This small collection consists of 17 items. Other than Sarah Ballou's 1873 pension certificate, and one undated letter written before the War, all of the documents date from 1861. In addition to the ten letters written by Sullivan to Sarah, the collection includes letters written to L.W. Ballou (probably distant cousin Latimer Whipple Ballou, 1812-1900, a prominent Woonsocket banker), and "Brownell" (probably Sullivan's law partner Charles F. Brownell, 1830-1863). There are also memorial resolutions from the Woonsocket Guards and the Rhode Island State Legislature, and a letter of sympathy from Gov. William Sprague.

            The heart of the collection is the nine different letters written by Sullivan to Sarah. This includes two manuscript copies of the famous letter, neither of which are actually in Sullivan's hand. The fate of the original may never be known, although there is some speculation that it may have been buried with Sarah. Several early manuscript copies exist in repositories across the country, but none match the handwriting of the alleged author. Its first known publication was in 1868, in Brown University in the Civil War; its popularity apparently began soon afterwards.

            Even without the July 14 letter, this would be an important collection of Civil War documents. Ballou did not always write in the grand flowing phrases that he is famous for, but makes some interesting observation about camp life and the southern landscape in the earliest days of the war. Marching through Virginia on July 19, he wrote, "We can get nothing from the people here, they are all against us. They all live miserably, I think, and the slaves are to me more filthy than our Irish." As his regiment had no lieutenant colonel, Maj. Ballou was second in command to William Sprague, the Rhode Island governor who was also serving as colonel. Ballou wrote with pride on July 10, "I have become well acquainted with Gov. Sprague as he has taken up quarters in our camp, occupying a tent not very far from mine. I shall improve the acquaintance and make it serviceable to me if I can. He is a very unassuming man and a very agreeable man. I think if he stays here long I can advance myself in his good opinion."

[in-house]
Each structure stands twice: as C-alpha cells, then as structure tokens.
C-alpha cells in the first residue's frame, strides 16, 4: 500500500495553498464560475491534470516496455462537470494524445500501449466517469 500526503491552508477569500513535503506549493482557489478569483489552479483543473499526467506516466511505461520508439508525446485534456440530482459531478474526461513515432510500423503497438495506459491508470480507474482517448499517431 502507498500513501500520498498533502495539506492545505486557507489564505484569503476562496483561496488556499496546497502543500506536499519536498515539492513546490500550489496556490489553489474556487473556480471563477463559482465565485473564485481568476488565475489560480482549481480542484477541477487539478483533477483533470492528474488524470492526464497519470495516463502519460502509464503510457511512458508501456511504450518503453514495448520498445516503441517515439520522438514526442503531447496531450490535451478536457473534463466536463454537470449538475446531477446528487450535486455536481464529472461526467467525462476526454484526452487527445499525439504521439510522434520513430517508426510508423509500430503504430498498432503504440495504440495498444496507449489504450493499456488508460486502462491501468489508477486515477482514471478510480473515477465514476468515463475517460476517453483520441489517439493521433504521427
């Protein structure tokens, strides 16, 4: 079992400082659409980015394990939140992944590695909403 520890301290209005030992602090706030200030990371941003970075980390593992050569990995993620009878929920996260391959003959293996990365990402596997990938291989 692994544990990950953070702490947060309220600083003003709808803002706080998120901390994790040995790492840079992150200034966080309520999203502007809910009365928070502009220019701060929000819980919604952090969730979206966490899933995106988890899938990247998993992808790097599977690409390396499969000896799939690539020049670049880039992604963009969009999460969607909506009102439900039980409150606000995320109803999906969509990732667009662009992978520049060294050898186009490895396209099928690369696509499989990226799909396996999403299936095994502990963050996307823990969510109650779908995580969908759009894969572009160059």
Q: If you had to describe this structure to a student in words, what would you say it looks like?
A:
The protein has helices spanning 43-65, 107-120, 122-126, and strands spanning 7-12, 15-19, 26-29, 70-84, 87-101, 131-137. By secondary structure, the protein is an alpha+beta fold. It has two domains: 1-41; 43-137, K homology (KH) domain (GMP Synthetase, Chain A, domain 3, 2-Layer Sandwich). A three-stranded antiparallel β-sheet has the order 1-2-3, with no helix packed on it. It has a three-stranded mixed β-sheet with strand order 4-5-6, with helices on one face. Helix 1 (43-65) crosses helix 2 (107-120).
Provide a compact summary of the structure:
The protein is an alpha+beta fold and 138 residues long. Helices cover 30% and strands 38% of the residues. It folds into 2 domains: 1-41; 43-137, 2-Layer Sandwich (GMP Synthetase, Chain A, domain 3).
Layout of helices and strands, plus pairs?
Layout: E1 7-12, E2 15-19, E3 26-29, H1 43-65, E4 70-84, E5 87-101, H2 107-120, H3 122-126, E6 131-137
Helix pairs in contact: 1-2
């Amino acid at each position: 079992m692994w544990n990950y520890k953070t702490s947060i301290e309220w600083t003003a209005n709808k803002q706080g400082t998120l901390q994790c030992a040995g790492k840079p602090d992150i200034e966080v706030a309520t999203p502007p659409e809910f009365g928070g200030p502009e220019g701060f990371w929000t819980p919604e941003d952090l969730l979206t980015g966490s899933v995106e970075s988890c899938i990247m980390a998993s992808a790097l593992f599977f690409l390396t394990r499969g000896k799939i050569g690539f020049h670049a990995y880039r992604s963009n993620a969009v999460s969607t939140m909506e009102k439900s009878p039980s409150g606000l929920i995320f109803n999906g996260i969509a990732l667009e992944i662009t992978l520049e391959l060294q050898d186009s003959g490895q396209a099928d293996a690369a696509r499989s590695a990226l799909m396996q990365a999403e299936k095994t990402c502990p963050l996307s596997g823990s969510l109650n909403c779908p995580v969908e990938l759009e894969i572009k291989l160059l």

One curious though rarely mentioned fact is the existence in this collection of an entirely different letter from Sullivan to Sarah, also dated July 14, 1861. Neither letter refers to another letter written earlier in the day. As the published letter refers to "this calm summer Sabbath night, when thousands now are sleeping around me", the other letter must have been written earlier in the day. While the unpublished letter is affectionate and well-written, it is also optimistic and upbeat (as are all of the other letters). He wrote "..if I should be able to get home this fall or winter or even next spring (and I have every confidence this war will be ended by that time) I want a house we shall be content to remain in." He must have had a very drastic change of heart to write that same evening "...when my last breath escapes me - on the battle field - it will whisper your name." Sullivan wrote two more letters to Sarah on the way to Manassas; both return to the usual form of the Civil War letter, with complaints about the food, weather, homesickness and exertion, and accounts of battle.